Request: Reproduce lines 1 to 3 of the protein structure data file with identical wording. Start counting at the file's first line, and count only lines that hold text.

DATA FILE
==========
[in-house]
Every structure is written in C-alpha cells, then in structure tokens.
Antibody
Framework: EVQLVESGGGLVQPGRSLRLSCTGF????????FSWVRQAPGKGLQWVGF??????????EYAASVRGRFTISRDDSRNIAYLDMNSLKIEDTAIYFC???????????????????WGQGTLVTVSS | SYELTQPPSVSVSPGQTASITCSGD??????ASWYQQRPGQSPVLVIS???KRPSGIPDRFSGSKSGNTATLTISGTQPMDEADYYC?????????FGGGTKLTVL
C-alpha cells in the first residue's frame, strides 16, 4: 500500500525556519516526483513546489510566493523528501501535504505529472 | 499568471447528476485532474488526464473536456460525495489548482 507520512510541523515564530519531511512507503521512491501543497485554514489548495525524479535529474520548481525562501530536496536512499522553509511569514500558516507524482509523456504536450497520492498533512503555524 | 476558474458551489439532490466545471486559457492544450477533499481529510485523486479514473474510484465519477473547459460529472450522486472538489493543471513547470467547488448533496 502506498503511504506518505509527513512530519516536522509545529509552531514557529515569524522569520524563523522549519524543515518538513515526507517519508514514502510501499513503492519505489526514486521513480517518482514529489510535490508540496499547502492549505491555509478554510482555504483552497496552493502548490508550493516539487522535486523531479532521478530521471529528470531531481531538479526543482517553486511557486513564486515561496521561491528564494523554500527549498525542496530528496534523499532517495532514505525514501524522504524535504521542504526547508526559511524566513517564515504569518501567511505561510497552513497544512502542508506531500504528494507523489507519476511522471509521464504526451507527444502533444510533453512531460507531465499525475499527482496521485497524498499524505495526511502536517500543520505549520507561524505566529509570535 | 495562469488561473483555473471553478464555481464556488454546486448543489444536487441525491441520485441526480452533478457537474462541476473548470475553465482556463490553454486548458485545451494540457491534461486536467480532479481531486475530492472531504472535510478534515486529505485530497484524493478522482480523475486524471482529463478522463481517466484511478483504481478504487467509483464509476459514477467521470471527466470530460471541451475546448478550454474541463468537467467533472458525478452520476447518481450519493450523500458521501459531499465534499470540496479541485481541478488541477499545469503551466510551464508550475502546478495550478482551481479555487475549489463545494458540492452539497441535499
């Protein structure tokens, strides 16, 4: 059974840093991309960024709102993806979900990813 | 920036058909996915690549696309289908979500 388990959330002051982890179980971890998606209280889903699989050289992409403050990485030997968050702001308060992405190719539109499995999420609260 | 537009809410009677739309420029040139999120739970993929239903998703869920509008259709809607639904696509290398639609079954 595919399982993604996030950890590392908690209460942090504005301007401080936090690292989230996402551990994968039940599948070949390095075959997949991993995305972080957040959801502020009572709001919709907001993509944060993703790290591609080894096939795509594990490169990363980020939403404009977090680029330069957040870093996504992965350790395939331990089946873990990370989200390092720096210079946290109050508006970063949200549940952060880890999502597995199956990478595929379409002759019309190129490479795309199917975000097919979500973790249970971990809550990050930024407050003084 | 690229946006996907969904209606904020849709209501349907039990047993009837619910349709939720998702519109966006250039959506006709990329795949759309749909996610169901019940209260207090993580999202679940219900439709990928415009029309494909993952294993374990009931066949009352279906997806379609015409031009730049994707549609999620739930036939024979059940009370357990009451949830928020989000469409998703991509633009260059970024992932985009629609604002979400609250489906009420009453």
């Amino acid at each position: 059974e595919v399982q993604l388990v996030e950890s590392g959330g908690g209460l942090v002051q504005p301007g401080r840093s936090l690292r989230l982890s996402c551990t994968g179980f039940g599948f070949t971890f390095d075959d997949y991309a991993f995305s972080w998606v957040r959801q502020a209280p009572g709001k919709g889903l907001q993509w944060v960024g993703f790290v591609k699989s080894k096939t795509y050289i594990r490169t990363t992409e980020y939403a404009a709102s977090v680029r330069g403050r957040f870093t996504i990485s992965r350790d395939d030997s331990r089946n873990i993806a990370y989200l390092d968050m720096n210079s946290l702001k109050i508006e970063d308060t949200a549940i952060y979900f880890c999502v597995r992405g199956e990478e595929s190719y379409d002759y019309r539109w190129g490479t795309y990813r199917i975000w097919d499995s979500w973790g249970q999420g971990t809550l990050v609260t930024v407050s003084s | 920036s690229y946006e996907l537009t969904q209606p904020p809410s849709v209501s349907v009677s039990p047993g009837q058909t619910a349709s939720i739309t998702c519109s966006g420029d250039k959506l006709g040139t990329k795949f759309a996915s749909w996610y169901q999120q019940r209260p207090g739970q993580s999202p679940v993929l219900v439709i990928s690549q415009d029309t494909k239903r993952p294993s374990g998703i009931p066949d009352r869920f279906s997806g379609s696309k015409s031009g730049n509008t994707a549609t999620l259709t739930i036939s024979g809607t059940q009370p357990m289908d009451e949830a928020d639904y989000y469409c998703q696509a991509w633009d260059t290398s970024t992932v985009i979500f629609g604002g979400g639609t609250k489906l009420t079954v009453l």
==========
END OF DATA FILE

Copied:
[in-house]
Every structure is written in C-alpha cells, then in structure tokens.
Antibody